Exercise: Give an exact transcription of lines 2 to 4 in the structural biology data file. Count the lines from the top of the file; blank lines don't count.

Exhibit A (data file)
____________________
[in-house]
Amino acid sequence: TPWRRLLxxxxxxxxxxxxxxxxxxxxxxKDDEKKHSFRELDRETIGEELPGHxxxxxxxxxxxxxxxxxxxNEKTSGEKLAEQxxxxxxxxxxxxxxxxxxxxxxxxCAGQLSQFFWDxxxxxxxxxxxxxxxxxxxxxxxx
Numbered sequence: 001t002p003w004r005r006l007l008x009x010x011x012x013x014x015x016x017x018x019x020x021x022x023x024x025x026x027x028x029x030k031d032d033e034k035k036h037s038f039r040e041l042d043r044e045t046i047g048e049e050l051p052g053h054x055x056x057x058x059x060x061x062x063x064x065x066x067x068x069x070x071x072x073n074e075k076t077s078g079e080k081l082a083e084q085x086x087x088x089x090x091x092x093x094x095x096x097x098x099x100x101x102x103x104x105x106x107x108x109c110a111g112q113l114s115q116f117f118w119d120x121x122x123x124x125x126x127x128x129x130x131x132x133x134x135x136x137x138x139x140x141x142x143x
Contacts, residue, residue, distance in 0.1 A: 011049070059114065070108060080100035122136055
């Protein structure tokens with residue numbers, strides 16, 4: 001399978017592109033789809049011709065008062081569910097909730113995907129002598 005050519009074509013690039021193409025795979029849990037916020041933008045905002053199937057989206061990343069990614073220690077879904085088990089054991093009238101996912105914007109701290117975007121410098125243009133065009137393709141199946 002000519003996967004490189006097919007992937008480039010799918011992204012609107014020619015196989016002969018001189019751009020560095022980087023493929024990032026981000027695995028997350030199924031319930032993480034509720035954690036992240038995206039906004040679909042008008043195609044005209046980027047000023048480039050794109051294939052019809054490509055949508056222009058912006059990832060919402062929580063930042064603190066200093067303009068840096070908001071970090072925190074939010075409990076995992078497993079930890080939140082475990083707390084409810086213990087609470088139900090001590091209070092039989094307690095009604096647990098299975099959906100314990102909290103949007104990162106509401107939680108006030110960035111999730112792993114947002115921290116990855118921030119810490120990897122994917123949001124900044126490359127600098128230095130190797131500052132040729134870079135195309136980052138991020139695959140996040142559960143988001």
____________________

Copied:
Amino acid sequence: TPWRRLLxxxxxxxxxxxxxxxxxxxxxxKDDEKKHSFRELDRETIGEELPGHxxxxxxxxxxxxxxxxxxxNEKTSGEKLAEQxxxxxxxxxxxxxxxxxxxxxxxxCAGQLSQFFWDxxxxxxxxxxxxxxxxxxxxxxxx
Numbered sequence: 001t002p003w004r005r006l007l008x009x010x011x012x013x014x015x016x017x018x019x020x021x022x023x024x025x026x027x028x029x030k031d032d033e034k035k036h037s038f039r040e041l042d043r044e045t046i047g048e049e050l051p052g053h054x055x056x057x058x059x060x061x062x063x064x065x066x067x068x069x070x071x072x073n074e075k076t077s078g079e080k081l082a083e084q085x086x087x088x089x090x091x092x093x094x095x096x097x098x099x100x101x102x103x104x105x106x107x108x109c110a111g112q113l114s115q116f117f118w119d120x121x122x123x124x125x126x127x128x129x130x131x132x133x134x135x136x137x138x139x140x141x142x143x
Contacts, residue, residue, distance in 0.1 A: 011049070059114065070108060080100035122136055